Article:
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May 12, 2011

Robot Used to Inspect Japan's Damaged Power Plant

An underwater robot has been used to take video where it would have been too dangerous for human beings.

Tokyo Electric Power Company (TEPCO), which operates the heavily-damaged Fukushima power plant, sent the robot in to shoot footage inside reactor No. 3.

The video clearly reveals that the explosions after the deadly earthquake and tsunami in March “have left the nuclear fuel rods inside the reactor covered in wreckage,” according to a new report from The Telegraph.

Water samples were also collected to give more information about the current state of the reactor. The Telegraph said it appears that fuel rods “were left largely undamaged despite the disaster.”

The explosions took place at four of the buildings at the six-reactor power plant complex.

Roofs and walls were heavily damaged from the explosions, and radioactive materials were scatted as well, The Telegraph reports.

It is expected to take between six and nine months to bring the nuclear plant to a “cold shutdown,” Japanese officials told The Telegraph.

A remote-controlled robot was also sent into the Fukushima nuclear plant last month to check on radiation levels.

The Packbot, from iRobot in Bedford, Mass., was used to inspect buildings too hazardous for human beings, according to The Sun. The Packbot is equipped with cameras and sensors.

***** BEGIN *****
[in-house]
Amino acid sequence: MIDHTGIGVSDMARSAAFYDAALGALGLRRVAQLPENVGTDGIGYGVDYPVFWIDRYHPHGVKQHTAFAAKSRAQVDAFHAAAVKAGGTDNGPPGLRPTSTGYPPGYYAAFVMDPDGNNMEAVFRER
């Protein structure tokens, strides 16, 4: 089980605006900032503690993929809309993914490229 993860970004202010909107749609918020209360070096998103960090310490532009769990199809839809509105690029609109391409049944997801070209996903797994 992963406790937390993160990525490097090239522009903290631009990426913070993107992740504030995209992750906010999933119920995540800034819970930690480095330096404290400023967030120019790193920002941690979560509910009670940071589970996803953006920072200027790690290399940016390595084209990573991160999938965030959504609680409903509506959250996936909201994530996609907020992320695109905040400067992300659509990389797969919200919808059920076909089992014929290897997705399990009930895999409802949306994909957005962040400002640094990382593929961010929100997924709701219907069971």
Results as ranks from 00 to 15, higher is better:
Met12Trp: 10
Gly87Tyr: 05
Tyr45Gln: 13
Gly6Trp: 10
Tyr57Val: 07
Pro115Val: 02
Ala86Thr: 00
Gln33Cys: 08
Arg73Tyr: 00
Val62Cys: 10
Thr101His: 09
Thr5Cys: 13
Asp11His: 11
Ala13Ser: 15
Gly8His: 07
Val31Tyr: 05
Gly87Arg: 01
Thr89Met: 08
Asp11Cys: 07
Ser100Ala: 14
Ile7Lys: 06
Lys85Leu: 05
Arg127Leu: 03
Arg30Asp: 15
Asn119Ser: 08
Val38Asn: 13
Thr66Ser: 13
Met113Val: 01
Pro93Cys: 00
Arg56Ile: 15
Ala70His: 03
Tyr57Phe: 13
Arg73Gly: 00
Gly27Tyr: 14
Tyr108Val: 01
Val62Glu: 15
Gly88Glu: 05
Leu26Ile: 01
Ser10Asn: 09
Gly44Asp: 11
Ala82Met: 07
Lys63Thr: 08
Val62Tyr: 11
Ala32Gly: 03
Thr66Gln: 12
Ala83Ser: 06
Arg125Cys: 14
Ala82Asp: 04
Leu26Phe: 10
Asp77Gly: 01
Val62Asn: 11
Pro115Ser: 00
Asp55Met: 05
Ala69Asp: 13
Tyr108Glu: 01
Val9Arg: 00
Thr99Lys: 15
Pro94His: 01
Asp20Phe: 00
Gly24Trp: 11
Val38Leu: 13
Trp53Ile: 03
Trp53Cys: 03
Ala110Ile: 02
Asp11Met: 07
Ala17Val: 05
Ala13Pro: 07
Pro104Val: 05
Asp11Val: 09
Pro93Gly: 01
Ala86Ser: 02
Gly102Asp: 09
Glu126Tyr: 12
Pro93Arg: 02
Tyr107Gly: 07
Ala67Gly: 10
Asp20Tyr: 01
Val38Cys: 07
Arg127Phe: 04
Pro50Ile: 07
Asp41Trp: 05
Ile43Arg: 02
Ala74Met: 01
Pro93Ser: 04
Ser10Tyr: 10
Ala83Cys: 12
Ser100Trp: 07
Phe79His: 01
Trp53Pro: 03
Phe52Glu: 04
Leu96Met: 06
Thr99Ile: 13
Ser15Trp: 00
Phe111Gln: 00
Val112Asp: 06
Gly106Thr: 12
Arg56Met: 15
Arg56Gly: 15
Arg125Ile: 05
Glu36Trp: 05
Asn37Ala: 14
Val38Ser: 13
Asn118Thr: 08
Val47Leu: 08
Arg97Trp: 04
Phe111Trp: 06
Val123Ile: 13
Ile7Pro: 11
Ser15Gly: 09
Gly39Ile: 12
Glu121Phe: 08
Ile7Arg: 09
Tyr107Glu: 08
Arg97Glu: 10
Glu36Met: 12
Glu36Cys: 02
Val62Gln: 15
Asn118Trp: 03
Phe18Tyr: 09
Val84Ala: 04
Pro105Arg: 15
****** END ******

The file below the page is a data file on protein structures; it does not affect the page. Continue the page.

About 210,000 people who lived near the power plant were evacuated after the crisis.

The cost of the quake and tsunami could be greater than $300 billion. More than 125,000 buildings were damaged or destroyed, authorities said.

In addition, Japanese police have said the disaster led to 14,998 deaths, 5,279 injuries and 9,853 people classified as “missing.”

In news about a different nuclear plant in Japan, Chubu Electric Power Co. will close three nuclear reactors at the Hamaoka plant until it can erect a seawall and other protections against a possible tsunami, according to a report from The Associated Press (News - Alert) carried by TMCnet.

The Japanese government reviewed each of the nation’s 54 reactors for withstanding damage from an earthquake or tsunami after the March 11 crisis.

Ed Silverstein is a TMCnet contributor. To read more of his articles, please visit his columnist page.

Edited by Stefanie Mosca

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